Apparently, 24% of businesses are not preparing for the General Data Protection Regulation because they believe Brexit means it won’t apply in the UK. I deliberately didn’t post this on April Fool’s Day as it’s too serious.
The survey results are staggering on two fronts. First, these businesses have actually heard of GDPR and have undertaken some kind of evaluation on whether to comply. They’re arguably further ahead than the larger number who are either unaware of GDPR or who have yet to prepare. Second, having grasped that GDPR is a thing, these businesses have fallen at the next hurdle by assuming that Brexit will cancel GDPR. Perhaps they also believe that Brexit means the NHS will get an extra £350m every week?
I’ve previously posted about data myths and have been covering this latest one in my GDPR talks recently. Look, it’s fairly simple:
- GDPR becomes enforceable in May 2018 and the UK gov previously indicated it will come into force in the UK (see Q72)
- If the UK gov takes the full 2 years to negotiate, Brexit will occur on 29 March 2019 – that is, after GDPR is enforceable in UK law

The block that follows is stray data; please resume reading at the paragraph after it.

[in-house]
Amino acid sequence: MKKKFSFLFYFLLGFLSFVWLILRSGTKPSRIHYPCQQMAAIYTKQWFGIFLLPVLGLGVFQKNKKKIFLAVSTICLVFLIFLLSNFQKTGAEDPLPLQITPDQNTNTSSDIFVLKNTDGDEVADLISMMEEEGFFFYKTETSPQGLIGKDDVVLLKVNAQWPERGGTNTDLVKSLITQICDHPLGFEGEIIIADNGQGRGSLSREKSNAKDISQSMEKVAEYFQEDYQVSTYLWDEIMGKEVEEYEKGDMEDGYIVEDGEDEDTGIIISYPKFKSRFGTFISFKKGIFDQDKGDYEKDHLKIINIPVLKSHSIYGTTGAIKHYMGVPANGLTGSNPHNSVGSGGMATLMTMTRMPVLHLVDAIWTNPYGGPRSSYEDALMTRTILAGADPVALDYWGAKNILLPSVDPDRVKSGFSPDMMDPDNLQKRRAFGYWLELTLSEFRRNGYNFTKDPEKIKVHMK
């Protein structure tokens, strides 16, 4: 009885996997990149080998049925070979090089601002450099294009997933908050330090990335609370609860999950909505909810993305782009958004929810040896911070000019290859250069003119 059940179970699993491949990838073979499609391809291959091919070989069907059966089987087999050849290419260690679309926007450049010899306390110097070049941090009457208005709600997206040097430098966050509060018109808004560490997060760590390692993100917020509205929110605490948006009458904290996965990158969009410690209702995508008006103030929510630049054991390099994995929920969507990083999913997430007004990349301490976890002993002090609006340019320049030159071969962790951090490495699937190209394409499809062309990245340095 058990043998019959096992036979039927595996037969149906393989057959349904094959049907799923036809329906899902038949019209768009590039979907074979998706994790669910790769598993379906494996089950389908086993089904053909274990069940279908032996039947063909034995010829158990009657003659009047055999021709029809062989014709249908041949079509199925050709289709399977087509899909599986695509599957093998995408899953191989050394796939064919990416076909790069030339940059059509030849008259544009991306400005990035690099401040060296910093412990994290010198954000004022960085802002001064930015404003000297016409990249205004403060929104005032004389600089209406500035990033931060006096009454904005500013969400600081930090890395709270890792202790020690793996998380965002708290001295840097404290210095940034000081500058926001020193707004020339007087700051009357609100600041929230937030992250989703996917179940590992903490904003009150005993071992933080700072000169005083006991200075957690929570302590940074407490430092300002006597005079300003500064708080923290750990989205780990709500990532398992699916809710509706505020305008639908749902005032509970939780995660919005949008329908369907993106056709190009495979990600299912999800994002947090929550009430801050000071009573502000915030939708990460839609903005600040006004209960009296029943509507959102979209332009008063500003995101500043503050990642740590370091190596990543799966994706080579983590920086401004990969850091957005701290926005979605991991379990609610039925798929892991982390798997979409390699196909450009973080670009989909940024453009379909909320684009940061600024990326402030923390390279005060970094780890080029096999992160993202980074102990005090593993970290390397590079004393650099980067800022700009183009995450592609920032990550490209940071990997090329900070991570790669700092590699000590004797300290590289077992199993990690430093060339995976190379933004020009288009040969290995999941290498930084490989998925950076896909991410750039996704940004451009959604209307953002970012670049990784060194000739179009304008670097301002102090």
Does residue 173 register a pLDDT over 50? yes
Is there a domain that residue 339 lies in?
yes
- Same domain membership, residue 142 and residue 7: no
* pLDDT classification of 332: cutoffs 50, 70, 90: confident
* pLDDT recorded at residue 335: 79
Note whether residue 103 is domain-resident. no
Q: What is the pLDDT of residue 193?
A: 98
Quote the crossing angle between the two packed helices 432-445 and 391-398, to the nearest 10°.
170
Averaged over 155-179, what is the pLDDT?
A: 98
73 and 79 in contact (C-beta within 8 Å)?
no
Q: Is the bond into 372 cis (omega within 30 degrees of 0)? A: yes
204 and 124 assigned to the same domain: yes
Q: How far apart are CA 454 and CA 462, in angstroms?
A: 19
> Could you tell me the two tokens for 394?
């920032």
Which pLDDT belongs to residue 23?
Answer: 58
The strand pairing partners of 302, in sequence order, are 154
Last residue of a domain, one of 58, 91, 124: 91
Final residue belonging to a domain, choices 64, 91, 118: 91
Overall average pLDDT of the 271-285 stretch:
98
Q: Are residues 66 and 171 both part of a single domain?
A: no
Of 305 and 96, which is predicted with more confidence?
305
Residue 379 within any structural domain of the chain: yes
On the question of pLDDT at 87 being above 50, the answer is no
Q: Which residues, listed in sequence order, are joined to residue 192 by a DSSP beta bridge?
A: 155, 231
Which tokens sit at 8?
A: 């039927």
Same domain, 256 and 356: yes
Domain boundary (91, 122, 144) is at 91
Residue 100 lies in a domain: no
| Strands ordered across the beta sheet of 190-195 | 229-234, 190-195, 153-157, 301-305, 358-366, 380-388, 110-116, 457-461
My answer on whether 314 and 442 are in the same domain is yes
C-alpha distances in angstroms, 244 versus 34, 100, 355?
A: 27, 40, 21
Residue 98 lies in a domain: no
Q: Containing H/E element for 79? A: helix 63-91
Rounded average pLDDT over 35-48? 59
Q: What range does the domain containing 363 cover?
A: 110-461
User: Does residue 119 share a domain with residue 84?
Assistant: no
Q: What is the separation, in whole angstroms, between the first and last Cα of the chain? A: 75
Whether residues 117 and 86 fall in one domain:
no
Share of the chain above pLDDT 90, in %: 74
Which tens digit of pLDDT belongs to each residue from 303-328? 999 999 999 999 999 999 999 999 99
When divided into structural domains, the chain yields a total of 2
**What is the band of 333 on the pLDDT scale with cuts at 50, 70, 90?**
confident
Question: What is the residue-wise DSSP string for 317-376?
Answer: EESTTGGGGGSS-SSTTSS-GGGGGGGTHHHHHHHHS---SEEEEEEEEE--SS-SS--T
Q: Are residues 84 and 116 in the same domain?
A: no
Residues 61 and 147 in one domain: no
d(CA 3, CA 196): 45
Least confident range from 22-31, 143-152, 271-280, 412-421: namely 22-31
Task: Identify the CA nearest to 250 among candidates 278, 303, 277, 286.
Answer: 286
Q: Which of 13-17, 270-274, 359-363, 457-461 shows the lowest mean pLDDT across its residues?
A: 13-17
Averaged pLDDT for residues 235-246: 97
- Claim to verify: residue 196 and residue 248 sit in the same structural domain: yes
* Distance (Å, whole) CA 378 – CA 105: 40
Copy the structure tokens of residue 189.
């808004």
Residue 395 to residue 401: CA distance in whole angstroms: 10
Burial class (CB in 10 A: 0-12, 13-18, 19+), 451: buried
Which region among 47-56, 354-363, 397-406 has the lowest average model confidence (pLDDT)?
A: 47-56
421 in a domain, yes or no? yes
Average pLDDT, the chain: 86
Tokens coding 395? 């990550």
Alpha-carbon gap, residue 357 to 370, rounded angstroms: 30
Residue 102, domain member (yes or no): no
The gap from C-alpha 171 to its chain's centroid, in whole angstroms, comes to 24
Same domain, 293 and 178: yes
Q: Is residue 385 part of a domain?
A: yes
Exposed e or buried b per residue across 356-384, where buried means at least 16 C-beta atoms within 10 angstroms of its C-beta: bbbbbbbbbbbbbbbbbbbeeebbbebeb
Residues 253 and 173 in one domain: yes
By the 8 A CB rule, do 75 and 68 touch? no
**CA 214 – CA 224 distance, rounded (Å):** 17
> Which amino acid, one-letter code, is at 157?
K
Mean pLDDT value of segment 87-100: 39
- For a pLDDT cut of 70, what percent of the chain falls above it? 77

- In its February Brexit whitepaper (PDF) the gov said it would seek to seek to “maintain the stability of data transfer between EU Member States and the UK” as it recognises the stability of data transfer is important for the tech sector (see paras 8.38-8.40)
- The March Great Repeal Bill whitepaper (PDF) doesn’t mention GDPR or data protection but states that the UK will continue to comply with the European Convention on Human Rights (see paras 2.21-2.25), arguably the foundation of modern data protection laws. Therefore, GDPR will be preserved on Brexit day
- This means GDPR will come into force in the UK and will stay in force after Brexit
The government might change its mind later and revoke GDPR compliance. But remember, the UK had data protection laws before the EU did. And no data compliance officer I’ve spoken to wants to have a GDPR standard for that part of their business involving EU data transfers and a lower standard for the part with non-EU transfers. They want one standard, so that will have to be the GDPR standard.
So, in summary: GDPR will be enforceable in the UK notwithstanding Brexit.
UPDATE: What effect will the Snooper’s Charter have? As Brexit means the UK will leave the single market, this might take us outside data fortress Europe. This means we will have GDPR-style obligations but the EU Commission will assess our data protection laws as a whole to see if data transfers are ok to continue. If it decides we comply with GDPR then we will be on the safe list, just as Canada, Israel, Switzerland and others are at the moment. But the reason Safe Harbor was annulled and replaced with Privacy Shield was because of the US gov’s broad snooping powers. Arguably, the UK gov has similarly broad powers under the Investigatory Powers Act (aka Snooper’s Charter) so we may need to negotiate our own Privacy Shield. That won’t be straightforward as even Privacy Shield is undergoing a legal challenge. Best dig out those Model Clauses…